Korean firms of any size are welcome in Georgia
Having first set up a trade office there in 1985, Korea has been doing business with Georgia for decades, but its footprint has never been bigger. In the past year, Korea has quickly become the state’s top foreign investor, with the projects announced by Korean companies there worth about $2 billion.
Kia Motors was one of the first major Korean company to find success in the Peach State. In 2009, the local carmaker established an assembly line in West Point, Georgia, and, over the past decade, invited suppliers and partners to build facilities nearby.
“We have amazing things going on in our state when we think about manufacturing and distribution - that environment’s changing very quickly with robotics and certainly Korean companies have been on the cutting edge of that,” said Georgia Gov. Brian Kemp.
Currently, the state has 113 Korean facilities that employ more than 9,000 people. Its capital city, Atlanta, is home to the third-largest Korean community in the United States.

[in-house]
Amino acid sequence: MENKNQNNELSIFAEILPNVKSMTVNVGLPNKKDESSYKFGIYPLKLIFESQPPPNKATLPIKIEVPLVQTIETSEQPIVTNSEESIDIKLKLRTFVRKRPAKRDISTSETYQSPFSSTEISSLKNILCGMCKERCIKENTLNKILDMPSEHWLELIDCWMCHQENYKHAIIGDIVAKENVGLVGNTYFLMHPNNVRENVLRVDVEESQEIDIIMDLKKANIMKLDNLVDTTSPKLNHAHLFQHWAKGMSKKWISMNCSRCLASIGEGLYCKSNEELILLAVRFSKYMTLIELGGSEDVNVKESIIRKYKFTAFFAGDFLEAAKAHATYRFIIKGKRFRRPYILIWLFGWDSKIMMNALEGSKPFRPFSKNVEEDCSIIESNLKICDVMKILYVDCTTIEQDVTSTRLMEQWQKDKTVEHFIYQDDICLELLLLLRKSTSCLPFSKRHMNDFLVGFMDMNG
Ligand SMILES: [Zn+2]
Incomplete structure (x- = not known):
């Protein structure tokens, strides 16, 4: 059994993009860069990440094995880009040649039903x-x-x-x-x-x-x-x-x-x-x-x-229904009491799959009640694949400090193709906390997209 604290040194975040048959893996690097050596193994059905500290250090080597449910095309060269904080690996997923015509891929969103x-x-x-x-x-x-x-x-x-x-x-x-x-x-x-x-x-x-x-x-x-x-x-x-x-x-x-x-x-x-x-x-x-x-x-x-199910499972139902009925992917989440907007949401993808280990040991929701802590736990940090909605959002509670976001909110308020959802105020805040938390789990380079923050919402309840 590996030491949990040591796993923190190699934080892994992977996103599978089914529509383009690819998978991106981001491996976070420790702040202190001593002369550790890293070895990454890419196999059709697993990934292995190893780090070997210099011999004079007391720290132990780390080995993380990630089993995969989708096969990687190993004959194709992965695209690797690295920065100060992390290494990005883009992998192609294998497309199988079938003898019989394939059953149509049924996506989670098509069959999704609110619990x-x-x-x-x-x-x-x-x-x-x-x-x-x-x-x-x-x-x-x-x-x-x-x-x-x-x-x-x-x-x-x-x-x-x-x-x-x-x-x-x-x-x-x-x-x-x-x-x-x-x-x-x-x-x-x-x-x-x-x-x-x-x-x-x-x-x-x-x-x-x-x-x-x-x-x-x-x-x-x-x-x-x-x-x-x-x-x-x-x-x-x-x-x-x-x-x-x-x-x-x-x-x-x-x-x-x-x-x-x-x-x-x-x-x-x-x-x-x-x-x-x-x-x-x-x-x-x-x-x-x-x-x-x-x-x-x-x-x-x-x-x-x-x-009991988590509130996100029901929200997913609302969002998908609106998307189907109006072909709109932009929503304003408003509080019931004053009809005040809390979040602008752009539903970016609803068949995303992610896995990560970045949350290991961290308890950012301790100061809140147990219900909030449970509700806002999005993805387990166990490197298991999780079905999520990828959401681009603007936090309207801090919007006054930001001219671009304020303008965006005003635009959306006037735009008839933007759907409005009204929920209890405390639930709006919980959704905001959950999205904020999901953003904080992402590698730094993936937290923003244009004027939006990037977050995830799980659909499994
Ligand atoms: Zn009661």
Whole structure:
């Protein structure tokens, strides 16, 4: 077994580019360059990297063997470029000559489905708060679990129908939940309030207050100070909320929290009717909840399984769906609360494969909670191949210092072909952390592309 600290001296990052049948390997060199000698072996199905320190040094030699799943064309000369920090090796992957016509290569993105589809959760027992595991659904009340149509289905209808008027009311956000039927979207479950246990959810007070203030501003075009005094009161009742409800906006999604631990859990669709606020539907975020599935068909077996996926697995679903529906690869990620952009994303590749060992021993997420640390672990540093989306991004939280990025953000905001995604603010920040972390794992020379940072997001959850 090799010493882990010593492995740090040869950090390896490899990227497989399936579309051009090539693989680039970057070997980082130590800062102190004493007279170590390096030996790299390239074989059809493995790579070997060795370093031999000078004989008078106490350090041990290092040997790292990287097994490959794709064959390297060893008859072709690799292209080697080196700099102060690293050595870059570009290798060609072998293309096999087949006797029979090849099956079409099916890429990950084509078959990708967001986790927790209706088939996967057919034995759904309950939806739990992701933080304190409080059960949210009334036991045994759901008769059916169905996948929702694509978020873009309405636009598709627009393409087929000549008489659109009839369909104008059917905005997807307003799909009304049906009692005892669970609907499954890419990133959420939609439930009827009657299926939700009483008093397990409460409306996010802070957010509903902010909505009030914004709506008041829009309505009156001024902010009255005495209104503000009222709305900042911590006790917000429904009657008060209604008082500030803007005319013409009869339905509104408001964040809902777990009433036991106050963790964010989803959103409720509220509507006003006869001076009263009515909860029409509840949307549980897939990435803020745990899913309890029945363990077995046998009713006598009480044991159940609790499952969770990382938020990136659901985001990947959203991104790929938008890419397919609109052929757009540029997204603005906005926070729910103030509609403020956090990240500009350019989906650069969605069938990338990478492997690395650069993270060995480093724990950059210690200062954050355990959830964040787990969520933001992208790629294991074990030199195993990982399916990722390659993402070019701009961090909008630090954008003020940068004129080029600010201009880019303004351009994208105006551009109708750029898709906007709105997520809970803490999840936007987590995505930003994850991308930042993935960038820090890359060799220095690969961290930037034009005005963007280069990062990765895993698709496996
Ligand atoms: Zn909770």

Having taken office in January, Kemp chose Korea for his first official overseas trip. Previous Georgia governors have visited Korea at least once during their time in office, but never as the first stop.
Below are edited excerpts from a Korea JoongAng Daily interview with Kemp at the Four Seasons Hotel in central Seoul, Thursday.
Q. Korea was your first foreign destination as governor. Why did you choose to come here?
A. Definitely it sends a strategic message on our team’s behalf and my administration on how important Korea has been to our state - really for decades now. But I think certainly in the last 12 months as [Former] Governor [Nathan] Deal was transitioning out of office and I was transitioning in. We had an incredible amount of investment into the state, some great announcements and we believe there will be more in the future.
SK Innovation is behind Georgia’s latest mega-project. Can you share what you told the company’s top executives?
I can’t share personal discussions but [SK Innovation] knows where we stand.